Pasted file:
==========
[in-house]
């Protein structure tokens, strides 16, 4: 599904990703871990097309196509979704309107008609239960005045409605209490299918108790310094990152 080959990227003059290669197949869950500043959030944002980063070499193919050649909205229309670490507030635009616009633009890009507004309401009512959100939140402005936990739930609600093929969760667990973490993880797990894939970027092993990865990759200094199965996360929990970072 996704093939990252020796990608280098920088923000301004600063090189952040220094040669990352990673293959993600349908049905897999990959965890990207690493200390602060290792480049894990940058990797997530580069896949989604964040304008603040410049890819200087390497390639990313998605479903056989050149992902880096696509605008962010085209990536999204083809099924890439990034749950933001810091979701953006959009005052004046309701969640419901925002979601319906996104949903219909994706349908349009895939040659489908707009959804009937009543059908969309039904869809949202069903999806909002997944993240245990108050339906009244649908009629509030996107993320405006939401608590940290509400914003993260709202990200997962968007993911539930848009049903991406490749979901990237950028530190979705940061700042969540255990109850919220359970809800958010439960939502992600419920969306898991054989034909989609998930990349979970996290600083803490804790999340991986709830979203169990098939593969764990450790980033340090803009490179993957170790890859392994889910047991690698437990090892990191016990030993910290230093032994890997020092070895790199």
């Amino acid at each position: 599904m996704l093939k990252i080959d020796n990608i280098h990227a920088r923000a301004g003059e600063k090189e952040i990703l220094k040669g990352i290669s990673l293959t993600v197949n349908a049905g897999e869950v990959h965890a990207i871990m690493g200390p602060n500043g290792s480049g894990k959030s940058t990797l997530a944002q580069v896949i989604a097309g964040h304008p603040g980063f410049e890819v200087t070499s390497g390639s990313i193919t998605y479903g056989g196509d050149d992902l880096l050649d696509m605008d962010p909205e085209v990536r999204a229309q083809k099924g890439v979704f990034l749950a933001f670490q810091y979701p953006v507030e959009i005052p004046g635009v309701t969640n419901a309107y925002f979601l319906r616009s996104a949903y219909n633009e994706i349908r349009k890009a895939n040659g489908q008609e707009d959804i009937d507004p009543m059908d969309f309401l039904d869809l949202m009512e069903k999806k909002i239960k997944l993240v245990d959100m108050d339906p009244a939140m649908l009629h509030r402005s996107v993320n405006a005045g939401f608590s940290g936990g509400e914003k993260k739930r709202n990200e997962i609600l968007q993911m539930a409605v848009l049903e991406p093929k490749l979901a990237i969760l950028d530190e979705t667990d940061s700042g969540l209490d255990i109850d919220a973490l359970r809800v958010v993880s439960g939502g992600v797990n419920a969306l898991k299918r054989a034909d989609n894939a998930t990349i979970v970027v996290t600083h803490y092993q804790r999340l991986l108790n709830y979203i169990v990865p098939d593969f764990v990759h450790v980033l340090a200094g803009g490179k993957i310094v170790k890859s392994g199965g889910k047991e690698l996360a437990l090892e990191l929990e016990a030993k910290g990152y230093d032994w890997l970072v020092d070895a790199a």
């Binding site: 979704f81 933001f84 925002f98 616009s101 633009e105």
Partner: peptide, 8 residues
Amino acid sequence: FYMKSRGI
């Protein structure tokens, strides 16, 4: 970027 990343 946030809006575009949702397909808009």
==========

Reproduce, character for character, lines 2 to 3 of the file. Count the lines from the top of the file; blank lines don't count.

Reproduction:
């Protein structure tokens, strides 16, 4: 599904990703871990097309196509979704309107008609239960005045409605209490299918108790310094990152 080959990227003059290669197949869950500043959030944002980063070499193919050649909205229309670490507030635009616009633009890009507004309401009512959100939140402005936990739930609600093929969760667990973490993880797990894939970027092993990865990759200094199965996360929990970072 996704093939990252020796990608280098920088923000301004600063090189952040220094040669990352990673293959993600349908049905897999990959965890990207690493200390602060290792480049894990940058990797997530580069896949989604964040304008603040410049890819200087390497390639990313998605479903056989050149992902880096696509605008962010085209990536999204083809099924890439990034749950933001810091979701953006959009005052004046309701969640419901925002979601319906996104949903219909994706349908349009895939040659489908707009959804009937009543059908969309039904869809949202069903999806909002997944993240245990108050339906009244649908009629509030996107993320405006939401608590940290509400914003993260709202990200997962968007993911539930848009049903991406490749979901990237950028530190979705940061700042969540255990109850919220359970809800958010439960939502992600419920969306898991054989034909989609998930990349979970996290600083803490804790999340991986709830979203169990098939593969764990450790980033340090803009490179993957170790890859392994889910047991690698437990090892990191016990030993910290230093032994890997020092070895790199």
């Amino acid at each position: 599904m996704l093939k990252i080959d020796n990608i280098h990227a920088r923000a301004g003059e600063k090189e952040i990703l220094k040669g990352i290669s990673l293959t993600v197949n349908a049905g897999e869950v990959h965890a990207i871990m690493g200390p602060n500043g290792s480049g894990k959030s940058t990797l997530a944002q580069v896949i989604a097309g964040h304008p603040g980063f410049e890819v200087t070499s390497g390639s990313i193919t998605y479903g056989g196509d050149d992902l880096l050649d696509m605008d962010p909205e085209v990536r999204a229309q083809k099924g890439v979704f990034l749950a933001f670490q810091y979701p953006v507030e959009i005052p004046g635009v309701t969640n419901a309107y925002f979601l319906r616009s996104a949903y219909n633009e994706i349908r349009k890009a895939n040659g489908q008609e707009d959804i009937d507004p009543m059908d969309f309401l039904d869809l949202m009512e069903k999806k909002i239960k997944l993240v245990d959100m108050d339906p009244a939140m649908l009629h509030r402005s996107v993320n405006a005045g939401f608590s940290g936990g509400e914003k993260k739930r709202n990200e997962i609600l968007q993911m539930a409605v848009l049903e991406p093929k490749l979901a990237i969760l950028d530190e979705t667990d940061s700042g969540l209490d255990i109850d919220a973490l359970r809800v958010v993880s439960g939502g992600v797990n419920a969306l898991k299918r054989a034909d989609n894939a998930t990349i979970v970027v996290t600083h803490y092993q804790r999340l991986l108790n709830y979203i169990v990865p098939d593969f764990v990759h450790v980033l340090a200094g803009g490179k993957i310094v170790k890859s392994g199965g889910k047991e690698l996360a437990l090892e990191l929990e016990a030993k910290g990152y230093d032994w890997l970072v020092d070895a790199a």